For Turkey and the EU, Partnership May Be Better Than Membership

Apr 4, 2018 | 09:00 GMT

The flags of Turkey and the European Union fly over Istanbul.

Turkey is still in talks to join the European Union, but it won't become a member anytime soon. Even at the start of the accession process, Brussels' enthusiasm for including the country was insincere at best.

(CHRIS McGRATH/Getty Images)


  • Although it has been in the process of becoming an EU member since 2005, Turkey's chances of joining the bloc are lower today than ever before.
  • Each side in the negotiations, however, has too much at stake in the accession proceedings to give up on them entirely.
  • Unless Ankara and Brussels can set aside some of their differences in the pursuit of their mutual interests, their relationship will remain purely transactional.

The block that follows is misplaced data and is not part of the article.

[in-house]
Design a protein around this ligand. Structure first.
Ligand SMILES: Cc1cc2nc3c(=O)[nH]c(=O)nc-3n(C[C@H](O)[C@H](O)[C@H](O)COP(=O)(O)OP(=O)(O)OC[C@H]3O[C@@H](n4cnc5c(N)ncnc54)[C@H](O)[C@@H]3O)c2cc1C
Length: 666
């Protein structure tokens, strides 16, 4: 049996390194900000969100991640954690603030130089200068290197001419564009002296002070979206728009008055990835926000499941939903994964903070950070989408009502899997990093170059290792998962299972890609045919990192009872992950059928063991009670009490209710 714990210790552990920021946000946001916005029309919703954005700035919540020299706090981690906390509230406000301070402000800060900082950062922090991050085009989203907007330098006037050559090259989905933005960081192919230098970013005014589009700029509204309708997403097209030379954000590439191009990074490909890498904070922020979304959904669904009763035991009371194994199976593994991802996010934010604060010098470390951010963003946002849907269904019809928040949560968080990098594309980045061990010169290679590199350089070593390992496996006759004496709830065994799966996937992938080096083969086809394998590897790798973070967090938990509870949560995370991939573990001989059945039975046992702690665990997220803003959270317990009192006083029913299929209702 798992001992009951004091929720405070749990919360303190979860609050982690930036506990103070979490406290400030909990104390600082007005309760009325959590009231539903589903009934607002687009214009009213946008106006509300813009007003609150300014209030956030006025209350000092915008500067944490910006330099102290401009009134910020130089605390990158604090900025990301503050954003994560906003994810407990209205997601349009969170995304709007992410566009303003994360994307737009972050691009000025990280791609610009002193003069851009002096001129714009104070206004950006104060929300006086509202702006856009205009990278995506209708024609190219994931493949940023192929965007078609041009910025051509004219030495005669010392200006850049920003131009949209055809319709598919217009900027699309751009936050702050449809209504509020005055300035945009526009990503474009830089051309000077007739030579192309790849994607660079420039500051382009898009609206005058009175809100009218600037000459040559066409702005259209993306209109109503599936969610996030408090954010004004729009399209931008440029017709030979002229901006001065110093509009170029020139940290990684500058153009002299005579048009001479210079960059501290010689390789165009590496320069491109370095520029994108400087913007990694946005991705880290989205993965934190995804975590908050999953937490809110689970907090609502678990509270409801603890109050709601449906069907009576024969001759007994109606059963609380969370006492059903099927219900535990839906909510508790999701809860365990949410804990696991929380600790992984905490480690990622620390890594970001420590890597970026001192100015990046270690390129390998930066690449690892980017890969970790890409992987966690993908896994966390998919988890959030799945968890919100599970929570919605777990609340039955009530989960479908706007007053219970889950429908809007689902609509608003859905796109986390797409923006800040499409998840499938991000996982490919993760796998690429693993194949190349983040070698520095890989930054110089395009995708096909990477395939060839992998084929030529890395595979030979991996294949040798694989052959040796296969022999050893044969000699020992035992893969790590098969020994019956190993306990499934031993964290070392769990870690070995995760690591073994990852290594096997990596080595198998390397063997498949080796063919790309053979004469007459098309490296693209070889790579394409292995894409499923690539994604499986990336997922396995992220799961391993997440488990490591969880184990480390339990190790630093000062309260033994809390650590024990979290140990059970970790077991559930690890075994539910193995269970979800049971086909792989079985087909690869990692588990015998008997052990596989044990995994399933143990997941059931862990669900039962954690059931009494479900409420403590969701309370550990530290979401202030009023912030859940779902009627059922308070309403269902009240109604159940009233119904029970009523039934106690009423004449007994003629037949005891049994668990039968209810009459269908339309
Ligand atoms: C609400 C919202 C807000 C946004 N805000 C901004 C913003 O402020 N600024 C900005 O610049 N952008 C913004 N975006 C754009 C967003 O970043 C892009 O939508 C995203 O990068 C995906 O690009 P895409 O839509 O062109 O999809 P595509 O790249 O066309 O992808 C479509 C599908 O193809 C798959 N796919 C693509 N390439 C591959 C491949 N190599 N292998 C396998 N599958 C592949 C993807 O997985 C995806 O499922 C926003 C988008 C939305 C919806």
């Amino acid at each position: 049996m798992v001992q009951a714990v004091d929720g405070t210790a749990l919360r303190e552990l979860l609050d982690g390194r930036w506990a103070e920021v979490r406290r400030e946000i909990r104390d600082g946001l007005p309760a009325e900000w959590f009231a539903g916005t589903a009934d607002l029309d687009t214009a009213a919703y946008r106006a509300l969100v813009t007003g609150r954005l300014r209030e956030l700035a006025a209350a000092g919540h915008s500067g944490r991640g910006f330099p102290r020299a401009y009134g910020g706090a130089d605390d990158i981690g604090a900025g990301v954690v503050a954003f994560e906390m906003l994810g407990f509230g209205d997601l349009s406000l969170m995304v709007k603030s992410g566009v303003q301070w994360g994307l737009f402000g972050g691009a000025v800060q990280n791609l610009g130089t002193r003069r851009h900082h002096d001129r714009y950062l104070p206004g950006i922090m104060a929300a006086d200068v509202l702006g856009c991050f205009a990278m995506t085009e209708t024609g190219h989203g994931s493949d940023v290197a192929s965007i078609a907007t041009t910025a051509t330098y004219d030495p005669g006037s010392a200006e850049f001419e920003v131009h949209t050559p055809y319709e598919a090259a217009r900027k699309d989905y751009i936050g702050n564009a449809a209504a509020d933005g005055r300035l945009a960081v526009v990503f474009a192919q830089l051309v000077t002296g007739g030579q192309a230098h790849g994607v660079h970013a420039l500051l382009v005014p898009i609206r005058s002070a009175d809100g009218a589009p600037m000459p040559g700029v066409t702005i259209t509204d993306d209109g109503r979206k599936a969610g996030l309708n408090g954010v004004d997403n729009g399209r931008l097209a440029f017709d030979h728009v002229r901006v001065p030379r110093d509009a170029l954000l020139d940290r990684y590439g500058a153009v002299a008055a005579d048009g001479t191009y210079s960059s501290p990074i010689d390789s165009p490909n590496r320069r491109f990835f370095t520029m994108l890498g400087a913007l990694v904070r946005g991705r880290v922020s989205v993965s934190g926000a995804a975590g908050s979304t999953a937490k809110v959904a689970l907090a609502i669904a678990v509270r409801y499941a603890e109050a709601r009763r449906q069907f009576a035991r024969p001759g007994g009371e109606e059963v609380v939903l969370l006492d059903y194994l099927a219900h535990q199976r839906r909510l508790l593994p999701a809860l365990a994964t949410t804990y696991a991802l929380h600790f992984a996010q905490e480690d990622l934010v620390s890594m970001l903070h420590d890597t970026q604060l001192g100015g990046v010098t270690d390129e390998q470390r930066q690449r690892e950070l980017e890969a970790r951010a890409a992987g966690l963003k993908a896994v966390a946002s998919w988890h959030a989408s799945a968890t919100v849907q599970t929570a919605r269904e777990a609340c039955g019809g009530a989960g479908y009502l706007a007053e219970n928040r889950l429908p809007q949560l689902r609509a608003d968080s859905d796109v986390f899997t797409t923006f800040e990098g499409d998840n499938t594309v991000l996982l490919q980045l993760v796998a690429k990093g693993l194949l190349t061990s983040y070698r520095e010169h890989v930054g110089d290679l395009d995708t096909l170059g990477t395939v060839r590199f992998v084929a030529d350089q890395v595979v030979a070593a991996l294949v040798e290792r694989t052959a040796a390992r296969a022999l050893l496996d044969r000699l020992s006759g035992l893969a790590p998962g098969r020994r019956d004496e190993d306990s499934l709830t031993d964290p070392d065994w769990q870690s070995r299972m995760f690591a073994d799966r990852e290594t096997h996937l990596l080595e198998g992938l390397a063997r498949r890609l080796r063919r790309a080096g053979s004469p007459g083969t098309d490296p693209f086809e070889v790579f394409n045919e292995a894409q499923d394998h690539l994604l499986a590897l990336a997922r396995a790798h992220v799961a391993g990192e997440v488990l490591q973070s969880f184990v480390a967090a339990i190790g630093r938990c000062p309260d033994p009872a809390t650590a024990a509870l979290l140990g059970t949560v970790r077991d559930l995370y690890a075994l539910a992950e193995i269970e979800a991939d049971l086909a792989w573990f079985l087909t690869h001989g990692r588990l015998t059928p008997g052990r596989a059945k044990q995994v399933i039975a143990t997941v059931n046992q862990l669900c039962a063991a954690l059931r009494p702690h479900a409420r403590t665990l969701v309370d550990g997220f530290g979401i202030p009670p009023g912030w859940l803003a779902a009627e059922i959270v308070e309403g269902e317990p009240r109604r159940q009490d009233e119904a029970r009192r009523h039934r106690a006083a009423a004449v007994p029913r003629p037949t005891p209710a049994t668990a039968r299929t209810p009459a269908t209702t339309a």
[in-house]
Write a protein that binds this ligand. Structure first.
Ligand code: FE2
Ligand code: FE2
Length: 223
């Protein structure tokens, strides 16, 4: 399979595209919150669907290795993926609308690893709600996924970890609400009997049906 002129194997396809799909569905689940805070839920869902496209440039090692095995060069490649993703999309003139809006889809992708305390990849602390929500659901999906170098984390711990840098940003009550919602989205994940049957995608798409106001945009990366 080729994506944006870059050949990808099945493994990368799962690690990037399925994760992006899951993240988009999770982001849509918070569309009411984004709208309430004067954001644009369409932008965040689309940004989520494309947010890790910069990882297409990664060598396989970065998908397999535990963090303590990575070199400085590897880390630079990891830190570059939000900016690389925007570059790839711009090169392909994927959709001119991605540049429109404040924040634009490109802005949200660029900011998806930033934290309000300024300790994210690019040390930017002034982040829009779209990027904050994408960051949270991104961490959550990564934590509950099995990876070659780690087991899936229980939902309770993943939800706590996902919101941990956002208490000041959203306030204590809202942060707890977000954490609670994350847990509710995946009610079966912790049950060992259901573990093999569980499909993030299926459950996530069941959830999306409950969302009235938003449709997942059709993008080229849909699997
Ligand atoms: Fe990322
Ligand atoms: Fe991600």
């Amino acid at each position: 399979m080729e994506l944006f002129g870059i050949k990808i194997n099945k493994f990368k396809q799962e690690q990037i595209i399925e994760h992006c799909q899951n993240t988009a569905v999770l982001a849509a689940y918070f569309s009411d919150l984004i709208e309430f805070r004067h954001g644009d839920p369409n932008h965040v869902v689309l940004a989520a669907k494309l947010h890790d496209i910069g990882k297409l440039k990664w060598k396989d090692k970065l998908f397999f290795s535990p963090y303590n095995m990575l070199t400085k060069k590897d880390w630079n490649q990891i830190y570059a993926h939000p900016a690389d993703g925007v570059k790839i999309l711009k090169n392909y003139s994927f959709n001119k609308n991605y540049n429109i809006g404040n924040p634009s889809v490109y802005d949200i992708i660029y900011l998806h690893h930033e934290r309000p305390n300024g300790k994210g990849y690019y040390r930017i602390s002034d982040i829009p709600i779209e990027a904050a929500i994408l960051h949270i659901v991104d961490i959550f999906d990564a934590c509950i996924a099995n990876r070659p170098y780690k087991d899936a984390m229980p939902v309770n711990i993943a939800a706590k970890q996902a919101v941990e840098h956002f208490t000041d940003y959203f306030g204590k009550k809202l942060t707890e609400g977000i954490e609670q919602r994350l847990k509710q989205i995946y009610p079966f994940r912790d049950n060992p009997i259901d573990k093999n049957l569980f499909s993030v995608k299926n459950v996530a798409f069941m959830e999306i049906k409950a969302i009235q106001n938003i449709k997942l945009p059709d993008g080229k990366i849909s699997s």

Turkey won't be joining the European Union anytime soon. Although it has been in the process of becoming a member since 2005, its odds of accession are lower today than ever before. Neither side is willing to pull the plug on the endeavor. Were the European Commission to halt the process, Turkish President Recep Tayyip Erdogan would declare it a Christian club of racists who never intended to admit a Muslim country to the Continental bloc. Erdogan himself, meanwhile, is reluctant to subject Turkey to the grave economic consequences that summarily ending its accession would cause. And because Turkey and the European Union depend on their relationship, cooler heads necessarily must prevail to preserve their partnership....

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